Berry ColorVivid red
Flavor ProfileSweet
Harvest SeasonJune
Diseases ResistanceGenerally free of insect and disease problems

Tulameen Raspberry features large, vivid red fruits with an exquisite flavor that’s not only sweet but also of exceptional quality. Provide them with half a day to full sun exposure and well-drained soil. 

These raspberries are self-fertile, simplifying the whole pollination process. In terms of hardiness, they can withstand temperatures as low as minus 20°F or even lower.

You can anticipate your Tulameen Raspberry plants to start bearing fruit one to two years after planting. At maturity, these plants typically reach a height of about 6 feet. 

Each plant can yield an impressive 2 pounds or more of fruit. Tulameen Raspberry plants thrive in USDA Zones 6b to 9b.

10. English Thornless Raspberry

English Thornless Raspberry
Image by Weaver Family Nursery Farms
Berry ColorRed
Flavor ProfileSweet
Harvest SeasonSpring bearing, ripening just a few days later than black raspberries
Diseases ResistanceVery Good

For gardeners in USDA Hardiness Zones 6 to 8, the English Thornless raspberry variety is a fantastic choice. These plants thrive in a range of conditions, demonstrating very good resistance to both pests and diseases. 

They are also reasonably drought-tolerant, heat-tolerant, and can handle high humidity levels. When it comes to sunlight, they do well in various light conditions, including partial shade. 

However, they do not tolerate wet soils or salty conditions. They are very good for fresh consumption, and you can enjoy their sweet, juicy flavor straight from the bush. 

These raspberries are self-fertile, meaning you don’t need multiple plants for pollination. English Thornless raspberry plants grow best in fertile soils, making them a great choice for gardeners looking to enjoy homegrown, delectable berries without thorns.

11. Peter’s Thornless

Peter’s Thornless
Image by Daleys Fruit Tree Nursery
Berry ColorBright red
Flavor ProfileSweet and juicy when well-watered
Harvest SeasonSpring, from August to November
Diseases ResistanceModerate disease resistance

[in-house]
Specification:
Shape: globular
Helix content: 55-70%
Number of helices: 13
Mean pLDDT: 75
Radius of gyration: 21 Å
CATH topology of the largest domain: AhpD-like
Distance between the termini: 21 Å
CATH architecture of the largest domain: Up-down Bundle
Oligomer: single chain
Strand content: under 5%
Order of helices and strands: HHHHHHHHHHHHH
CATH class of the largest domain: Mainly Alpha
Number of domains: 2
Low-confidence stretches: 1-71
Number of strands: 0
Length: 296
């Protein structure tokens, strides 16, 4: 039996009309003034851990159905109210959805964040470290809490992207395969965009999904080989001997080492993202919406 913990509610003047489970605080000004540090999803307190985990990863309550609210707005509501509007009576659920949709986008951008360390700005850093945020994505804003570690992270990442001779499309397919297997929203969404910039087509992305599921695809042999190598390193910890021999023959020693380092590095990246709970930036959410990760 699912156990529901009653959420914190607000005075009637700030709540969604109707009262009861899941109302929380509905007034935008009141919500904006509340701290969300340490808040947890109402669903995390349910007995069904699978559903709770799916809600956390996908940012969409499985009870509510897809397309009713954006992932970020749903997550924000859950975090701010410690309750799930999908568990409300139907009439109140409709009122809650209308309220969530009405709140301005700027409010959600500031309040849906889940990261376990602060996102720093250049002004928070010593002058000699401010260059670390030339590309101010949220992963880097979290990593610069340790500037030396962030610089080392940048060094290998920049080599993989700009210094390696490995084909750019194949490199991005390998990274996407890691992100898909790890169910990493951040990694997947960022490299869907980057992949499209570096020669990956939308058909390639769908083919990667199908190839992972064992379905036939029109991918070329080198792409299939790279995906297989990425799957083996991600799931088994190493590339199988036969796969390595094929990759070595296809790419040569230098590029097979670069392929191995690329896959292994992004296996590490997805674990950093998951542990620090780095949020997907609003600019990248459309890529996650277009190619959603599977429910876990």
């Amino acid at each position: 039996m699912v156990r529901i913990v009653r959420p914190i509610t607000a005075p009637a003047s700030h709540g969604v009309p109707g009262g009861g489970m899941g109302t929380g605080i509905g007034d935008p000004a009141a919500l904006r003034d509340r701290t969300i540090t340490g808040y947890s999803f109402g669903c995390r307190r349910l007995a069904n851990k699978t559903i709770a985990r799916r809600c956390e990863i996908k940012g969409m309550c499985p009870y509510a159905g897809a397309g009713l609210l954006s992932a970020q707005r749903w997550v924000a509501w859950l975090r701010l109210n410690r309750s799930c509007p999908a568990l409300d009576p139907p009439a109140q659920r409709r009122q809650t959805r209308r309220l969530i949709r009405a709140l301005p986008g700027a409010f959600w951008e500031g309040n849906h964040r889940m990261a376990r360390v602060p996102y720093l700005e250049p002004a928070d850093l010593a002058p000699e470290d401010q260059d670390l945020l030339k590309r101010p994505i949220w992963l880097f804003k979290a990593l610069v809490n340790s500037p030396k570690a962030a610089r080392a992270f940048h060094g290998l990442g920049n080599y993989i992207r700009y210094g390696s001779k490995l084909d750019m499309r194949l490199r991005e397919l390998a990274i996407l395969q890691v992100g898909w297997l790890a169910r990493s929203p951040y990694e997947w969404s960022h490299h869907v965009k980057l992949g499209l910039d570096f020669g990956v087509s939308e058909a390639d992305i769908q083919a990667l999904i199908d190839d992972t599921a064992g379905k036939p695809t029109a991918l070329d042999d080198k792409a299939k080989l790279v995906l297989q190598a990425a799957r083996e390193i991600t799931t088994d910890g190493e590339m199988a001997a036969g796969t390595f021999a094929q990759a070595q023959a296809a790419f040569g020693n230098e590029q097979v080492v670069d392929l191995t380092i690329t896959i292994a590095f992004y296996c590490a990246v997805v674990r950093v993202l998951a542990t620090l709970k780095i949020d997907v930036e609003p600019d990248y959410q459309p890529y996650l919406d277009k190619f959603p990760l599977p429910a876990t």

Peter’s Thornless raspberry is a cultivar of the native raspberry species Rubus rosifolius. It’s a pretty remarkable find that emerged from a spontaneous wild selection. 

These berries are not only visually appealing but also boast a delightful, sweet, and juicy flavor that is truly satisfying. Peter’s Thornless offers another treat – the leaf tips can be used to brew a mildly flavored tea reminiscent of Japanese green tea containing healthy antioxidant compounds, adding to its appeal.

The plant thrives in various conditions, from full sun to semi-shade, and can handle a range of soil types, although it prefers moderately fertile soil. During fruiting periods, it benefits from regular watering, especially in dry spells. 

Applying mulch is recommended, and if space is limited, it can be successfully grown in large pots on patios. This raspberry variety takes on a scrambling, shrubby form that can reach heights of up to 1 to 2 meters with a width of 2 meters. 

Nearly Thornless Raspberries

Nearly thornless raspberries, also referred to as semi-thornless or thorn-reduced raspberries, have fewer thorns or prickles on their canes when compared to traditional raspberry plants. 

1. Cascade Delight

Cascade Delight
Image by Gardeners World
Berry ColorBright red
Flavor ProfileSweet
Harvest SeasonJuly
Diseases ResistanceHighly resistant to root rot and generally free of insect and disease problems.

The Cascade Delight Raspberry thrives in soil conditions that would challenge many other raspberry plants, making it an ideal choice for those dealing with wet, heavy soils. While it can tolerate such conditions, it’s still advisable to provide good drainage.

One of the standout features of Cascade Delight Raspberry canes is their impressive productivity. These canes are nearly thornless, making harvesting a much more pleasant experience, and they produce fruit on second-year canes.

Cascade Delight Raspberry plants grow best in half-day to full sun exposure and well-drained soil. They are self-fertile, so you won’t need multiple plants for pollination.